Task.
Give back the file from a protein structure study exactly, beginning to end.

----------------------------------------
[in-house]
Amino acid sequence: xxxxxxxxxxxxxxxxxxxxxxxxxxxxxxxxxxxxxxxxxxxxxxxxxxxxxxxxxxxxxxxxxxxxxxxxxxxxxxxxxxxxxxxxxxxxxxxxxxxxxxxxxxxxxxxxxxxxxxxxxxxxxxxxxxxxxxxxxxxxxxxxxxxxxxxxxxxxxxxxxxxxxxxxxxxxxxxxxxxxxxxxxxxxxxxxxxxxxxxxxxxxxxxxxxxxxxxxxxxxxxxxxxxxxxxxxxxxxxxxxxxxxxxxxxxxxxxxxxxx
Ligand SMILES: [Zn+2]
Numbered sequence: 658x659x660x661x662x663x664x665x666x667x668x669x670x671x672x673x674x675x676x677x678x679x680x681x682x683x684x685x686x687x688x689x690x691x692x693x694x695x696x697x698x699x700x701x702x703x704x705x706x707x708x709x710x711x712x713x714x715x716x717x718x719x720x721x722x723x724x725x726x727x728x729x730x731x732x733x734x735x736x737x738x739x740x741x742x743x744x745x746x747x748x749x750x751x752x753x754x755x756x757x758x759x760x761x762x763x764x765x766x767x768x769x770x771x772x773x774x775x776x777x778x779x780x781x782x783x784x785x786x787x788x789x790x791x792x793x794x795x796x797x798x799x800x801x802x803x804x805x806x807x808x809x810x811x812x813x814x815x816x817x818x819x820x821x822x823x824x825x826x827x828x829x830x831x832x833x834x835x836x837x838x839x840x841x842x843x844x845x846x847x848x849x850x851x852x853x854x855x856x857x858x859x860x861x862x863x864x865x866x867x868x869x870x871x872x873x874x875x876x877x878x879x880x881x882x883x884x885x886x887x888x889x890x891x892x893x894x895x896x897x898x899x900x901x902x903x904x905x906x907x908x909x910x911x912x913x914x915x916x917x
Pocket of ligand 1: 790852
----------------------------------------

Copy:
[in-house]
Amino acid sequence: xxxxxxxxxxxxxxxxxxxxxxxxxxxxxxxxxxxxxxxxxxxxxxxxxxxxxxxxxxxxxxxxxxxxxxxxxxxxxxxxxxxxxxxxxxxxxxxxxxxxxxxxxxxxxxxxxxxxxxxxxxxxxxxxxxxxxxxxxxxxxxxxxxxxxxxxxxxxxxxxxxxxxxxxxxxxxxxxxxxxxxxxxxxxxxxxxxxxxxxxxxxxxxxxxxxxxxxxxxxxxxxxxxxxxxxxxxxxxxxxxxxxxxxxxxxxxxxxxxxx
Ligand SMILES: [Zn+2]
Numbered sequence: 658x659x660x661x662x663x664x665x666x667x668x669x670x671x672x673x674x675x676x677x678x679x680x681x682x683x684x685x686x687x688x689x690x691x692x693x694x695x696x697x698x699x700x701x702x703x704x705x706x707x708x709x710x711x712x713x714x715x716x717x718x719x720x721x722x723x724x725x726x727x728x729x730x731x732x733x734x735x736x737x738x739x740x741x742x743x744x745x746x747x748x749x750x751x752x753x754x755x756x757x758x759x760x761x762x763x764x765x766x767x768x769x770x771x772x773x774x775x776x777x778x779x780x781x782x783x784x785x786x787x788x789x790x791x792x793x794x795x796x797x798x799x800x801x802x803x804x805x806x807x808x809x810x811x812x813x814x815x816x817x818x819x820x821x822x823x824x825x826x827x828x829x830x831x832x833x834x835x836x837x838x839x840x841x842x843x844x845x846x847x848x849x850x851x852x853x854x855x856x857x858x859x860x861x862x863x864x865x866x867x868x869x870x871x872x873x874x875x876x877x878x879x880x881x882x883x884x885x886x887x888x889x890x891x892x893x894x895x896x897x898x899x900x901x902x903x904x905x906x907x908x909x910x911x912x913x914x915x916x917x
Pocket of ligand 1: 790852